The Google Distance Matrix API is a service that provides travel distance and time for a matrix of origins and destinations. The information returned is based on the recommended route between start and end points, as calculated by the Google Maps API, and consists of rows containing duration and distance values for each pair.

However, note that there are also restrictions to its use (number of queries per day).

Then, if you only rely on dots on a map to indicate locations (either home, or job location) then the colour of the dot can indicate the effort needed to reach the location (blue dots are close by, or quick to reach, while red dots are far away, or difficult to reach). You can let the user filter out what they deem to be "effort" (only colour based on distance, not time, or vice versa, or use the ratio instead).

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Typical "commute time" is often significantly different than one-off travel time due to traffic patterns at rush hour. I'd only show the distance and let people figure out the time. – dbkk Dec 26 '12 at 17:51

The way to tell users how long it'll take to get to a location isn't the crow-flies distance, it's the actual travel time. There are various public APIs that expose this information, but their reliability and cost wouldn't be certain. Many provide free access for low-volume usage, to attract startups.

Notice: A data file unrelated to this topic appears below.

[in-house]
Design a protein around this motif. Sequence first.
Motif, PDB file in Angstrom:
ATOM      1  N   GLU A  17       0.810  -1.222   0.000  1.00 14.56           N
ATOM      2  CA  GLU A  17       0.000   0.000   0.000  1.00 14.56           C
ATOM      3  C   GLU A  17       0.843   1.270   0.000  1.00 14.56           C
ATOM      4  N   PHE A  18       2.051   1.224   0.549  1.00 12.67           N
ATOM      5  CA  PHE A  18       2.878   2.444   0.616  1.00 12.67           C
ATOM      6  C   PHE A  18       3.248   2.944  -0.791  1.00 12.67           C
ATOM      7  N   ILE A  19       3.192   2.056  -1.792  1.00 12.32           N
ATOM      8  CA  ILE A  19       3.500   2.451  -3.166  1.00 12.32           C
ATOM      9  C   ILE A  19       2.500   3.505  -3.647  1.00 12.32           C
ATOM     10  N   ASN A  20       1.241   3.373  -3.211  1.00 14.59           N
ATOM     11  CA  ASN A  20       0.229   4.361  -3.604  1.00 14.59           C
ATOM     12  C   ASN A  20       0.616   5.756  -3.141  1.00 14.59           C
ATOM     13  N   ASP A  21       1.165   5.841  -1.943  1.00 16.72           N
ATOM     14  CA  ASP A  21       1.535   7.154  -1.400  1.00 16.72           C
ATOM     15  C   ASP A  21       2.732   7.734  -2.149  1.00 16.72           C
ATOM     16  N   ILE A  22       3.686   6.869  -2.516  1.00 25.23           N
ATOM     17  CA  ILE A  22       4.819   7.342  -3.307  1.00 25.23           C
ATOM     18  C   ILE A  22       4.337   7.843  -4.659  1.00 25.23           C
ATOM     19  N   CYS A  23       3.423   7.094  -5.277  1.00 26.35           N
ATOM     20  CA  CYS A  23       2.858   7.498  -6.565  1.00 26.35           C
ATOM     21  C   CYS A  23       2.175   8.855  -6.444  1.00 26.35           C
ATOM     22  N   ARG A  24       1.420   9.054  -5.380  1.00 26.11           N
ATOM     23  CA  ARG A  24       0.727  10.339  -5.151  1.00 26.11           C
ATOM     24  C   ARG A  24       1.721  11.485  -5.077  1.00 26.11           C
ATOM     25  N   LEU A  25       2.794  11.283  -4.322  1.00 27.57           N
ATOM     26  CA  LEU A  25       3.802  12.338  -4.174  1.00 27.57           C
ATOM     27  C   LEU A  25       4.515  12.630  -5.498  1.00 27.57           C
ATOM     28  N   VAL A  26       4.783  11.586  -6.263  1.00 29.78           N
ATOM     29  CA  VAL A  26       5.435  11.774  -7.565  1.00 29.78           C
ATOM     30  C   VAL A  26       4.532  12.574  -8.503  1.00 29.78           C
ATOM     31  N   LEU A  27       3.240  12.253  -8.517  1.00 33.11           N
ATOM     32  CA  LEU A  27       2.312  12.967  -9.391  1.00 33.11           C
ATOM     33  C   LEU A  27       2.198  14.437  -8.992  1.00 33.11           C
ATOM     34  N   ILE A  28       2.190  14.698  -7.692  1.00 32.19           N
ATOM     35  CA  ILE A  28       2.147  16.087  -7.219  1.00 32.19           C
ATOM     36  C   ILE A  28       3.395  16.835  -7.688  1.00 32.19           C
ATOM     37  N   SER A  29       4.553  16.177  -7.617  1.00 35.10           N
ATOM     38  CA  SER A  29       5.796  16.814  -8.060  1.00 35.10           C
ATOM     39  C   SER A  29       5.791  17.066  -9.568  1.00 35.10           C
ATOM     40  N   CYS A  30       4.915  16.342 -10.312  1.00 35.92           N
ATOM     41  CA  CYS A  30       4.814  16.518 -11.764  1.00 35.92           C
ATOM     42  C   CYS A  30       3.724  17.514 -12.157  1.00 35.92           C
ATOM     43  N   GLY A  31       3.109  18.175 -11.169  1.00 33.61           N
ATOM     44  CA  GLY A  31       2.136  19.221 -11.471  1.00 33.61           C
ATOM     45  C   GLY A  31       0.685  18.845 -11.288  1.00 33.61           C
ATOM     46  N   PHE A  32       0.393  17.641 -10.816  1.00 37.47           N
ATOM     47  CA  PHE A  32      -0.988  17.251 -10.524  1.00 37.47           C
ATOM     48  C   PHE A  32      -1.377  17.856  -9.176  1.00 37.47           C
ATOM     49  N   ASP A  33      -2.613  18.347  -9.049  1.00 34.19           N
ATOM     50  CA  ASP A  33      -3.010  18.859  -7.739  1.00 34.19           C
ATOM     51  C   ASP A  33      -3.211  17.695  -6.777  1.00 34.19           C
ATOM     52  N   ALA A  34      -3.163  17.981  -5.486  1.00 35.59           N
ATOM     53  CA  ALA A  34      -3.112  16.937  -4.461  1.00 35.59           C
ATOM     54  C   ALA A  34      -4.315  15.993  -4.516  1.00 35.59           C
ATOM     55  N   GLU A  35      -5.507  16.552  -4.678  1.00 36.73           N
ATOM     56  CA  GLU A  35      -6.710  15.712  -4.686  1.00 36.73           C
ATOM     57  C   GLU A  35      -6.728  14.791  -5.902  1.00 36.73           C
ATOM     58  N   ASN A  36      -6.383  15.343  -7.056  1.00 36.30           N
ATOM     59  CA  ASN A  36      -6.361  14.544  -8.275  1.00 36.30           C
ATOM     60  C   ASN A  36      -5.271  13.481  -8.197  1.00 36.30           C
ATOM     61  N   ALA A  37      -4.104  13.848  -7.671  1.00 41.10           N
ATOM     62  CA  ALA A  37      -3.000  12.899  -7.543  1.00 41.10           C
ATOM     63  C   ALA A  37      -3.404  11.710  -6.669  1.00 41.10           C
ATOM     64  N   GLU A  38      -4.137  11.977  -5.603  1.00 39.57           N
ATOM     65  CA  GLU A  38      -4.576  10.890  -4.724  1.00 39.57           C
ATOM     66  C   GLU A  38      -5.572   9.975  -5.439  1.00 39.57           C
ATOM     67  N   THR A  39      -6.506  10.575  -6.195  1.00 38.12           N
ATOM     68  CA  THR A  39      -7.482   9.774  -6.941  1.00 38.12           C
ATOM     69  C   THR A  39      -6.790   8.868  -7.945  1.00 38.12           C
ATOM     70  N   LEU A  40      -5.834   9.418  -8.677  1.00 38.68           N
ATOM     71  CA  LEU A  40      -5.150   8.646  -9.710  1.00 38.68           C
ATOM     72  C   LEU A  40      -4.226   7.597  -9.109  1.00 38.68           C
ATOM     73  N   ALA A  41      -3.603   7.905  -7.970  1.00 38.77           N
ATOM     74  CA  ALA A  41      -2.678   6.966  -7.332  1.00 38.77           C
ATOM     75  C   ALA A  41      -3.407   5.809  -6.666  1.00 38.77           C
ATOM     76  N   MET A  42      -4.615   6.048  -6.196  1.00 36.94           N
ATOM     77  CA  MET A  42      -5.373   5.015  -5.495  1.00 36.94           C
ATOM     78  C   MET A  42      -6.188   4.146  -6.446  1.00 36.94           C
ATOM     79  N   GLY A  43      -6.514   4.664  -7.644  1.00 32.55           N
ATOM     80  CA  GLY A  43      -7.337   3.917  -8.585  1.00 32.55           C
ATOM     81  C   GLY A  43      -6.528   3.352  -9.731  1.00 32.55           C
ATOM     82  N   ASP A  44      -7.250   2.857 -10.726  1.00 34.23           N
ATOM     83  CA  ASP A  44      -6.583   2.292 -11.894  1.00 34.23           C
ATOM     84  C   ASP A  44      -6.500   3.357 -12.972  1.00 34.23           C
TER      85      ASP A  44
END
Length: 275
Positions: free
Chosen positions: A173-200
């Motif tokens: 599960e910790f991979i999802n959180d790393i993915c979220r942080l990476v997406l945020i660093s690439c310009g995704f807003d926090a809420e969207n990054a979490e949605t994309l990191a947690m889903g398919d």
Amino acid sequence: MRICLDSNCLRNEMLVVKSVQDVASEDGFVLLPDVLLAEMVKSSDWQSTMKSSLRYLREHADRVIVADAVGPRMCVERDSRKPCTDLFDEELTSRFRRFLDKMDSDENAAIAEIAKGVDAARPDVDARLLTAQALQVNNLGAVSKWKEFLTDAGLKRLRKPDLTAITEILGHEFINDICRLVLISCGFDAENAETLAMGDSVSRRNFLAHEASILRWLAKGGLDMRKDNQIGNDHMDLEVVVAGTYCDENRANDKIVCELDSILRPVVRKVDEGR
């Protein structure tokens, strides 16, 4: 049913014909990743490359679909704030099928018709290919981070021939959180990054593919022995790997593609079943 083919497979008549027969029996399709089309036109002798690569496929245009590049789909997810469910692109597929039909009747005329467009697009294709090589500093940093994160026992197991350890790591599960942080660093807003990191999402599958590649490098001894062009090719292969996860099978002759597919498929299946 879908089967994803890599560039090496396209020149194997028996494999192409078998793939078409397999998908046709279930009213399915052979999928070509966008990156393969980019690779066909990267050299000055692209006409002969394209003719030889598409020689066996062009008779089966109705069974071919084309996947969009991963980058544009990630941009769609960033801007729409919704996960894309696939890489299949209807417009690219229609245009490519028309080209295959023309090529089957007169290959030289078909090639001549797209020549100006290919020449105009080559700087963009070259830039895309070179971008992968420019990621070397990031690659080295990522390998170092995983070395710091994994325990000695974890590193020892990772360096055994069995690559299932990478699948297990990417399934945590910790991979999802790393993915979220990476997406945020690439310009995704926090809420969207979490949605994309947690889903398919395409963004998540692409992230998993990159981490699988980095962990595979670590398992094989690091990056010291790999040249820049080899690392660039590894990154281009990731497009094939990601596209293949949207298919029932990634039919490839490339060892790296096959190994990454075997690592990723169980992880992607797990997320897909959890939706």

Otherwise, radius is a pretty poor indicator of travel time, because 10 minutes on a North-South motorway (or highway, as our American cousins call them) is a lot further than 10 minutes traversing around a city center. As the distance isn't that helpful, you shouldn't put so much weight on showing it precisely.

Much as JohnGB suggested, the best solution is to show results on a map, so that users can directly see the travel routes to each respective item, can see how 'brittle' the travel routes are (can distinguish places that are well connected and won't be unreachable if certain routes are closed). You may have to use aggregate pins at low zoom levels (perhaps with numbers that count the entries they collect.

Again, like JohnGB, I'd probably use a radius marker of some kind, but show results outside that radius (because elements just outside the radius will often be acceptable nevertheless, and the map will already be zoomed close to the circle). I'd shade the body of the circle slightly - though be careful, because you don't want to obscure the colours of the map's roads and symbols.

So, basically, this post is less an answer than an argument to go upvote JohnGB's post.

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The answers so far are good. I find these automated techniques don't always work as expected. Usually, expert knowledge from the user is needed, due to factors other than distance/time. There's a website in the UK called RightMove that allow you to specify your own boundaries for a search. You can save the boundary, and change it at any time. I find this to be the best solution for the problem.